The Great Georgian
By Cheryl Bolen
How many regency heroines are rendered impoverished by their late
father’s gambling debts? Way too many to count. What seems like an
overdone plot contrivance, however, is solidly based in fact. The
nobility of the Georgian era did lose their estates at the gaming
tables, and there were few aristocrats of the era whose fortunes were
not affected by the rampant gambling epidemic.
One of the earliest Georgians to find himself in Faro’s grip was
the Duke of Richmond, who paid off his gambling debts in 1719 by
pledging his 18-year-old son (and future duke) to the 13-year-old
daughter of the Earl of Cadogan. The two were promptly married, but the
bride did not see her husband again until she was 16.
Later in the century Lord Lyttelton wrote of his dread that
"the rattling of a dice-box at White’s may one day or other (if
my son should be a member of that noble academy) shake down all our fine
oaks. It is dreadful to see, not only there, but almost in every
[gambling] house in town, what devastations are made by that destructive
fury, the spirit of play." (Murray)
In the middle of the eighteenth century, play centered around the
men’s clubs which were springing up on St. James. The most famous of
these was White’s, which moved to St. James in 1755. Formerly a
chocolate shop, it was originally established in 1693. Directly across
the street from White’s, the famed Whig club, Brooks, was founded in
1778. (Fourteen years earlier Brooks had been established as Almack’s
gambling club.) Boodles, established in 1762, also occupied sumptuous
quarters on St. James, along with The Cocoa-Tree, which dated to 1700.
Nearby, at 81 Piccadilly, Waiter’s (named for the regent’s chef)
opened for business in 1807 but closed in 1819, allegedly because of
huge gambling losses suffered by its members.
According to The Gaming Table: Its Votaries and Victims,
"A boy...is sent to school to be initiated. In the course of a few
years he acquires a profound knowledge of the science of gambling, and
before he leaves the University he is perfectly fitted for a member of
the gaming clubs into which he is elected before he takes his seat in
either house of Parliament...Scarcely is the hopeful youth enrolled
among these honorable associates than he in introduced to Jews, to
annuity brokers, and to the long train of money lenders. They take care
to answer his pecuniary calls, and the greater part of the night and
morning is consumed at the club. To his creditors and tradesmen, instead
of paying his bills, he offers a bond or annuity. He rises just in time
enough to ride to Kensington Gardens; returns to dress dines late; and
then attends to party of gamblers, as he had done the night
One of the most prolific gamblers of the era was noted Whig
statesman Charles James Fox, the second son of Lord Holland. One of Lord
Holland’s last acts was to settle a staggering 140,000 pounds of his
son’s debts, but the indulged Fox continued to win and lose huge
fortunes in a single sitting. He once gambled from Tuesday night until
Friday with no sleep, taking time off one evening to debate in the House
of Commons. He played hazard from Tuesday evening until five Wednesday
evening, covering 12,000 pounds he had lost, but losing that and 11,000
more before going to Parliament. At eleven that night he went to White’s
and drank all night, returning in the morning to Almack’s (later to be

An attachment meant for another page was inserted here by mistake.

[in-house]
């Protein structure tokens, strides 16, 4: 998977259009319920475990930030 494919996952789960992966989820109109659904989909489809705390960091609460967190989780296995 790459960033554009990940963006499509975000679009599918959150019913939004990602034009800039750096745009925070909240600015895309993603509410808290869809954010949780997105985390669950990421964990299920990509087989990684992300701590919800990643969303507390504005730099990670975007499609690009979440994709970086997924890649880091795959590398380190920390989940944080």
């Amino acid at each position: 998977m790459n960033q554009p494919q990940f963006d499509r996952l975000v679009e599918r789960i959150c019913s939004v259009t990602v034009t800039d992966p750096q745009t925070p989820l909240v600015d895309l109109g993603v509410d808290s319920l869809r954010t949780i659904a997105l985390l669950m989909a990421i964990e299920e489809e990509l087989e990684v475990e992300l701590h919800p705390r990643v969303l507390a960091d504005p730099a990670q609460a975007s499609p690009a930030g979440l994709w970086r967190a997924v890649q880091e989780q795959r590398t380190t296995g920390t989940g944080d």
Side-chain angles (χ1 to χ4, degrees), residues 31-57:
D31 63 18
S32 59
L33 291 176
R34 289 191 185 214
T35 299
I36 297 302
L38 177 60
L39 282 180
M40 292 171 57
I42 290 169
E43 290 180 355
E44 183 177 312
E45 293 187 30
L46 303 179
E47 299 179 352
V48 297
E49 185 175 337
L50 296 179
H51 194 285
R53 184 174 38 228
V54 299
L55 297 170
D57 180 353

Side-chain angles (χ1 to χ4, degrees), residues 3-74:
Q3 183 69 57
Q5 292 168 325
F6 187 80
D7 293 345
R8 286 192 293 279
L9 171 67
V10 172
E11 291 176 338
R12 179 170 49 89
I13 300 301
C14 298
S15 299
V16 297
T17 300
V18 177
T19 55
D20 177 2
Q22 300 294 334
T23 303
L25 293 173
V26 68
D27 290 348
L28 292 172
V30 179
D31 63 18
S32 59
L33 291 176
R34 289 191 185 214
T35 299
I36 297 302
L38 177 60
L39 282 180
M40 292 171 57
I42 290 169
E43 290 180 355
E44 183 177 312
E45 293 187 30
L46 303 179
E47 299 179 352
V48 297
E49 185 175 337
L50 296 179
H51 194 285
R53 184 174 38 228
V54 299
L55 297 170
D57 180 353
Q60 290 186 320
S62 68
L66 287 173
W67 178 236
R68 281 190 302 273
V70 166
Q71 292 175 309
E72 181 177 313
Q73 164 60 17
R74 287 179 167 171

known as Brook’s), where he won 6,000 pounds, then rode to the races
at Newmarket, where he lost l0,000 pounds.
Because of his charismatic personality, he had many friends who
were perpetually loaning him money — or offering subscriptions for
annuities toward his many debts. It is said that at one point the Earl
of Carlisle was paying one sixth of his own income toward the interests
on Fox’s debts. (Foreman)
Though he was possessed of a keen intelligence that would have
allowed him to profit at games of skill, Fox avoided these in order to
wager on games of pure chance which he found more exciting.
Like Fox, Colonel Aubrey craved the rush he got from gambling. He
did nothing but gamble morning, noon, and night. His life was a
continual alternation between wealth and poverty. He made two fortunes
in India — the first he lost gaming on the journey home, which
necessitated a return to India, where he made his second fortune. His
greatest pleasure on earth was winning at cards; his next greatest,
Another big loser was Admiral Harvey, who lost 100,000 pounds at
White’s and offered to sell his estate as payment. Fortunately for
him, the Irish gamester to whom he lost agreed to settle for 10,000
Lord Sefton was not as lucky. When he succeeded, he immediately
settled his father’s gambling debs of 40,000 pounds.
Lord Thanet lost his entire income of 50,000 in one sitting.
The deepest play occurred in the 1770s when five thousand pounds
were stacked on one card at faro, and 70,000 pounds changed hands in one
Club men wore special gambling clothes that consisted of frieze
greatcoats (or their regular coat turned inside out), leather sleeves to
cover their ruffles, high crowned straw hats to hold back their curls
and shield their eyes, and masks to conceal their emotions.
Horseracing, cards and dice weren’t Lady Luck’s only lures.
Wagers at White’s included items as diverse as betting on a change in
weather, the birth of a child, color of a coach horse, or an article in
the newspaper. Until it was outlawed in 1774, gamesters even wagered on
when people would die.
While most gamblers lost heavily, a handful of gentlemen increased
their wealth by virtue of gambling. But not their own gambling.
Thomas Raikes’ journal tells us: "He (Lord Cholmondeley) was one
of the four who set up that celebrated faro bank at Brook’s which
ruined half the town. They would not trust the waiters to be croupiers,
but themselves dealt the cards alternately, being paid three guineas an
hour out of the joint fund, and at this rate, Lord ____, and other
noblemen of the highest rank, were seen slaving like menials till a late